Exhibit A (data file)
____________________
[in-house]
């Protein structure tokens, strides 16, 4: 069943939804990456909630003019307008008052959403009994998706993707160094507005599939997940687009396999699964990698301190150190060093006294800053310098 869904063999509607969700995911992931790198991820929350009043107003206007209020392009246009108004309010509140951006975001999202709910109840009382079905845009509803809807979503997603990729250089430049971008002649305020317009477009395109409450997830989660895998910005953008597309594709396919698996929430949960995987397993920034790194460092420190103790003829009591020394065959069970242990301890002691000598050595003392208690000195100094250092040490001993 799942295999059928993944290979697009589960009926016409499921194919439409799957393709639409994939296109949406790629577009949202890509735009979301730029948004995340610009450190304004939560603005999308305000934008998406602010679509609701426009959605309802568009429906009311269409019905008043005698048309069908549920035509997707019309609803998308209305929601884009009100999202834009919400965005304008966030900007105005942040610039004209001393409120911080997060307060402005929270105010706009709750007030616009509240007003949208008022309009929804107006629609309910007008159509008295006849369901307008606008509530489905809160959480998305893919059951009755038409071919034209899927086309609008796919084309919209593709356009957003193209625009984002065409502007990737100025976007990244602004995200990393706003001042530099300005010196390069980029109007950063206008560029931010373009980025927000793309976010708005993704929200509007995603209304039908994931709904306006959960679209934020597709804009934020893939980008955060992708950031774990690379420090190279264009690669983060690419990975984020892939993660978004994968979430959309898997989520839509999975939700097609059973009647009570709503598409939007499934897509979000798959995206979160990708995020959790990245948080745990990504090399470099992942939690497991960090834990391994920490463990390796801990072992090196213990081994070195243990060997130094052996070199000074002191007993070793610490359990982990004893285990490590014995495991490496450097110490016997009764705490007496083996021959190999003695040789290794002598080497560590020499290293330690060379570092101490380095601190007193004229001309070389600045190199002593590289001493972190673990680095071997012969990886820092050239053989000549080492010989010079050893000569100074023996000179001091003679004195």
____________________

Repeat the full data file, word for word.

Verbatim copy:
[in-house]
């Protein structure tokens, strides 16, 4: 069943939804990456909630003019307008008052959403009994998706993707160094507005599939997940687009396999699964990698301190150190060093006294800053310098 869904063999509607969700995911992931790198991820929350009043107003206007209020392009246009108004309010509140951006975001999202709910109840009382079905845009509803809807979503997603990729250089430049971008002649305020317009477009395109409450997830989660895998910005953008597309594709396919698996929430949960995987397993920034790194460092420190103790003829009591020394065959069970242990301890002691000598050595003392208690000195100094250092040490001993 799942295999059928993944290979697009589960009926016409499921194919439409799957393709639409994939296109949406790629577009949202890509735009979301730029948004995340610009450190304004939560603005999308305000934008998406602010679509609701426009959605309802568009429906009311269409019905008043005698048309069908549920035509997707019309609803998308209305929601884009009100999202834009919400965005304008966030900007105005942040610039004209001393409120911080997060307060402005929270105010706009709750007030616009509240007003949208008022309009929804107006629609309910007008159509008295006849369901307008606008509530489905809160959480998305893919059951009755038409071919034209899927086309609008796919084309919209593709356009957003193209625009984002065409502007990737100025976007990244602004995200990393706003001042530099300005010196390069980029109007950063206008560029931010373009980025927000793309976010708005993704929200509007995603209304039908994931709904306006959960679209934020597709804009934020893939980008955060992708950031774990690379420090190279264009690669983060690419990975984020892939993660978004994968979430959309898997989520839509999975939700097609059973009647009570709503598409939007499934897509979000798959995206979160990708995020959790990245948080745990990504090399470099992942939690497991960090834990391994920490463990390796801990072992090196213990081994070195243990060997130094052996070199000074002191007993070793610490359990982990004893285990490590014995495991490496450097110490016997009764705490007496083996021959190999003695040789290794002598080497560590020499290293330690060379570092101490380095601190007193004229001309070389600045190199002593590289001493972190673990680095071997012969990886820092050239053989000549080492010989010079050893000569100074023996000179001091003679004195």